It’s true that levodopa isn’t a cure — as yet, there is no cure for Parkinson’s disease — but it’s not toxic.

What Is The Treatment For Parkinson’s Disease

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There is currently no treatment to cure Parkinson’s disease. Several therapies are available to delay the onset of motor symptoms and to ameliorate motor symptoms. All of these therapies are designed to increase the amount of dopamine in the brain either by replacing dopamine, mimicking dopamine, or prolonging the effect of dopamine by inhibiting its breakdown. Studies have shown that early therapy in the non-motor stage can delay the onset of motor symptoms, thereby extending quality of life.

The most effective therapy for Parkinson’s disease is levodopa , which is converted to dopamine in the brain. However, because long-term treatment with levodopa can lead to unpleasant side effects , its use is often delayed until motor impairment is more severe. Levodopa is frequently prescribed together with carbidopa , which prevents levodopa from being broken down before it reaches the brain. Co-treatment with carbidopa allows for a lower levodopa dose, thereby reducing side effects.

In earlier stages of Parkinson’s disease, substances that mimic the action of dopamine , and substances that reduce the breakdown of dopamine inhibitors) can be very efficacious in relieving motor symptoms. Unpleasant side effects of these preparations are quite common, including swelling caused by fluid accumulation in body tissues, drowsiness, constipation, dizziness, hallucinations, and nausea.

What Is The Prognosis For Someone With Early

One of the challenges of early-onset Parkinson’s disease is that you will inevitably live longer with the condition, as Parkinson’s alone is not fatal. Early-onset Parkinson’s disease does not always present the same way as late-onset Parkinson’s disease, and there is no definite prognosis. Younger Parkinson’s patients may be more at risk of developing non-motor symptoms, such as depression, sleep disorders, anxiety and urinary issues, which can cause health complications as the disease progresses.

However, early-onset patients also show slower disease progression, and it can take years to move between stages. Each case of Parkinson’s is reviewed on an individual basis, so only your doctor can tell you your prognosis.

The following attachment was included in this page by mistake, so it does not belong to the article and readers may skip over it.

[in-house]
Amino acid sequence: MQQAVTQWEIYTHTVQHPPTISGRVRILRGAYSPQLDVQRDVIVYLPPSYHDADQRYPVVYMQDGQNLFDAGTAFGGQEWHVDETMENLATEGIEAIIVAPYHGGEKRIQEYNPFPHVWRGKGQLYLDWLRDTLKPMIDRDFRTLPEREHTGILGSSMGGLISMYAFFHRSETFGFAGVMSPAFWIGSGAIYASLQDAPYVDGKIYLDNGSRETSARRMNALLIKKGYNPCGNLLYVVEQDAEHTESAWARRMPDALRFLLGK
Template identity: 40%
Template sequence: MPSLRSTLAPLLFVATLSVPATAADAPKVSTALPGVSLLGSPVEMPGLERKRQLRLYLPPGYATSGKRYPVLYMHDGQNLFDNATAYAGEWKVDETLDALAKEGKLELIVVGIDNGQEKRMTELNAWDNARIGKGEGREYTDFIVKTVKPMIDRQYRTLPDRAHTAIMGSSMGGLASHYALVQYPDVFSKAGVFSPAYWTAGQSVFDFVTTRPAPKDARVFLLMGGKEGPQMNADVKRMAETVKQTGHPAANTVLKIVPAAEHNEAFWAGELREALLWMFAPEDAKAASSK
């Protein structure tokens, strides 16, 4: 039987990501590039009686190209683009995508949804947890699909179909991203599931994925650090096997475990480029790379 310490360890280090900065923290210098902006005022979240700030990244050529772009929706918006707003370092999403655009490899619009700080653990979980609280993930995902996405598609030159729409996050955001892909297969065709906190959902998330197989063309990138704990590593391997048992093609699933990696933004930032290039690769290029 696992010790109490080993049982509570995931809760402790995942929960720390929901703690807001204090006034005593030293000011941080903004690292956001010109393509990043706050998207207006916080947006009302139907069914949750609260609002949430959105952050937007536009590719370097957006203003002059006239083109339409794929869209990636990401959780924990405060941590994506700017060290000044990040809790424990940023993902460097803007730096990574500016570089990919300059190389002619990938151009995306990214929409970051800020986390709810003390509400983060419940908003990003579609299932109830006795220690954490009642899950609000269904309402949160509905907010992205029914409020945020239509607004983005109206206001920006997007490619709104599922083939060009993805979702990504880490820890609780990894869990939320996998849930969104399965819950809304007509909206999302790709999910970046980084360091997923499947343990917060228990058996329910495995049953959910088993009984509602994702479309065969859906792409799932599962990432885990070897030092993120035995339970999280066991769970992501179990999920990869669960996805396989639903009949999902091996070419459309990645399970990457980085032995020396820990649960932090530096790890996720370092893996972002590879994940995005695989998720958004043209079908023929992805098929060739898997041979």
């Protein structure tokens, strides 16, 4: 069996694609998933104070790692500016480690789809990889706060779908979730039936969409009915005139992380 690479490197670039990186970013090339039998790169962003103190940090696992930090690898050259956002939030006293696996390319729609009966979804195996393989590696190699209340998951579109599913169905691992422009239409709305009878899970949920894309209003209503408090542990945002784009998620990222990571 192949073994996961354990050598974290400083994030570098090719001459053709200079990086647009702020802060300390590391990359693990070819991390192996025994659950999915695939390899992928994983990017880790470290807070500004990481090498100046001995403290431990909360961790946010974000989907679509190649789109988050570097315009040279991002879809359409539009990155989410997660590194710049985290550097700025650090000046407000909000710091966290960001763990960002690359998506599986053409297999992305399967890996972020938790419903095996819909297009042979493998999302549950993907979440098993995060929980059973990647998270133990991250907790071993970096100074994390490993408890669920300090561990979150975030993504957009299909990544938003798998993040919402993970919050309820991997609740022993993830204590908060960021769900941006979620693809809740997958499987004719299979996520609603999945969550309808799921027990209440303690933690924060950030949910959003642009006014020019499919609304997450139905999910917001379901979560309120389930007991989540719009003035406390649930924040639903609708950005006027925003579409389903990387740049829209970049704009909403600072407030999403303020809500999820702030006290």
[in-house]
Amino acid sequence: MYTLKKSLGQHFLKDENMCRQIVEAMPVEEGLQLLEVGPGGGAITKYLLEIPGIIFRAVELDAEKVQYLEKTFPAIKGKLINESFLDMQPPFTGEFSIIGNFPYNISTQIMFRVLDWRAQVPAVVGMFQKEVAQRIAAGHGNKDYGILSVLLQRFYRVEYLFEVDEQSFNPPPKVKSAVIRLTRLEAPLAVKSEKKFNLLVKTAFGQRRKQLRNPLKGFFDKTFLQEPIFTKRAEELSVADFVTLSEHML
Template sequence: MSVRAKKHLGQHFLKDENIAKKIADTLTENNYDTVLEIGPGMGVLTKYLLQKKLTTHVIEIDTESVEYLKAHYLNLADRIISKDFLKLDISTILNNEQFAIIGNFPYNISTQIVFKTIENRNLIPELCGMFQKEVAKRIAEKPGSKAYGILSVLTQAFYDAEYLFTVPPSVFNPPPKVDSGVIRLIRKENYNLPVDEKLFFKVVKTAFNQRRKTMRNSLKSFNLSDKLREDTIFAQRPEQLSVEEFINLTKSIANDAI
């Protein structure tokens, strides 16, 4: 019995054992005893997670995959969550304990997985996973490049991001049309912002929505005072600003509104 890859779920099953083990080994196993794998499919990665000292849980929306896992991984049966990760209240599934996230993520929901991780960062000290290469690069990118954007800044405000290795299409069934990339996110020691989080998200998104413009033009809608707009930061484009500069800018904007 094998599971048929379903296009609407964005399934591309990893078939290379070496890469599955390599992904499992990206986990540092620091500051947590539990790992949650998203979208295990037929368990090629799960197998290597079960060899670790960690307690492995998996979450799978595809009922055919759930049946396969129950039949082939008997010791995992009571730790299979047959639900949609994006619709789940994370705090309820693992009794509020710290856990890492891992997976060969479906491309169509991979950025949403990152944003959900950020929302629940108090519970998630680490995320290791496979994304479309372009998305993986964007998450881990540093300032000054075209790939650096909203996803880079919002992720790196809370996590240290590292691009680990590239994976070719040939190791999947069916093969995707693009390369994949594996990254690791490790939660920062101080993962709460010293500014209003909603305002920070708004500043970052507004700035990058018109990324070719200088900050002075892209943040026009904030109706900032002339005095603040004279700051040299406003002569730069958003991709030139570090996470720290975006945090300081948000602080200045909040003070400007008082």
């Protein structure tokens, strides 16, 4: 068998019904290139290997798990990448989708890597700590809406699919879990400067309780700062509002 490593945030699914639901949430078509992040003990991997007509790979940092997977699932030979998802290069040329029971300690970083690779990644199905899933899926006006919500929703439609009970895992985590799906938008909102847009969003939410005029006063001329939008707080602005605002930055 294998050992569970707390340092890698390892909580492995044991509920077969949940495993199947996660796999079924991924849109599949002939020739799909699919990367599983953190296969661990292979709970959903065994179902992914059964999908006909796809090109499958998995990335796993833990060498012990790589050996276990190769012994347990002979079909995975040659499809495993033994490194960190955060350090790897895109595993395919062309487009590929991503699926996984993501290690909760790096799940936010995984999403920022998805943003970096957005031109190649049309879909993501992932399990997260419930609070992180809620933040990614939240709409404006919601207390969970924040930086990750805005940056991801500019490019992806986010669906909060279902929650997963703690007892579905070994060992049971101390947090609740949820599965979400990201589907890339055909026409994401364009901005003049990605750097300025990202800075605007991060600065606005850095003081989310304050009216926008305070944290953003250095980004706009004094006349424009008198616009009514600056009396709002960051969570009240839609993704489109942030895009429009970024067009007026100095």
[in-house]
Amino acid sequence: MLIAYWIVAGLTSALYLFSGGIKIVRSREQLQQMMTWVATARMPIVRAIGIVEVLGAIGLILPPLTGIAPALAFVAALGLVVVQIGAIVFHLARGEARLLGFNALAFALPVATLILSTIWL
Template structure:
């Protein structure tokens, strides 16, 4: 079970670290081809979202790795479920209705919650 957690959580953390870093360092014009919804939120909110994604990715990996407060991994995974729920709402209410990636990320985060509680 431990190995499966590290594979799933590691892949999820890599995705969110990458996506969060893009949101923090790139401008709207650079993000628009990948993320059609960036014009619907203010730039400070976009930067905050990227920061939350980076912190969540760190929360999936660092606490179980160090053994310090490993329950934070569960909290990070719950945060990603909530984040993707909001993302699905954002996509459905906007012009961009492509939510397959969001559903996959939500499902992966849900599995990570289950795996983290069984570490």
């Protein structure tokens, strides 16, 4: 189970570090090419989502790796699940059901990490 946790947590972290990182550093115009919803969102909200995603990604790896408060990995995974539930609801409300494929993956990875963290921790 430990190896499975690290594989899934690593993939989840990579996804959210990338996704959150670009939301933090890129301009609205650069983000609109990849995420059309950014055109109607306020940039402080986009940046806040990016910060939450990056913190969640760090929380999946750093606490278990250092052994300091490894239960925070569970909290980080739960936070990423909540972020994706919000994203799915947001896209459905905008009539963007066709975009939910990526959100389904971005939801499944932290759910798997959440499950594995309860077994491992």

Parkinsons Is Only A Motor Condition

Fact: While it’s true that Parkinson’s disease symptoms include shaking and tremor, rigid muscles, slowness of movement, and a frozen or “flat” expression, it’s a lot more than that.

Nonmotor symptoms deserve — and are getting — more attention from doctors and researchers. These symptoms include cognitive impairment or dementia , anxiety and depression, fatigue, sleep problems and more.

For some patients, nonmotor symptoms are more disabling than motor symptoms, which are the focus of treatment. Be sure to talk to your doctor about other issues so you can get all of your symptoms addressed.

Parkinsons Disease Is A Progressive Disorder

Parkinson’s Disease is a slowly progressive neurodegenerative disorder that primarily affects movement and, in some cases, cognition. Individuals with PD may have a slightly shorter life span compared to healthy individuals of the same age group. According to the Michael J. Fox Foundation for Parkinson’s Research, patients usually begin developing Parkinson’s symptoms around age 60. Many people with PD live between 10 and 20 years after being diagnosed. However, a patient’s age and general health status factor into the accuracy of this estimate.

While there is no cure for Parkinson’s disease, many patients are only mildly affected and need no treatment for several years after their initial diagnosis. However, PD is both chronic, meaning it persists over a long period of time, and progressive, meaning its symptoms grow worse over time. This progression occurs more quickly in some people than in others.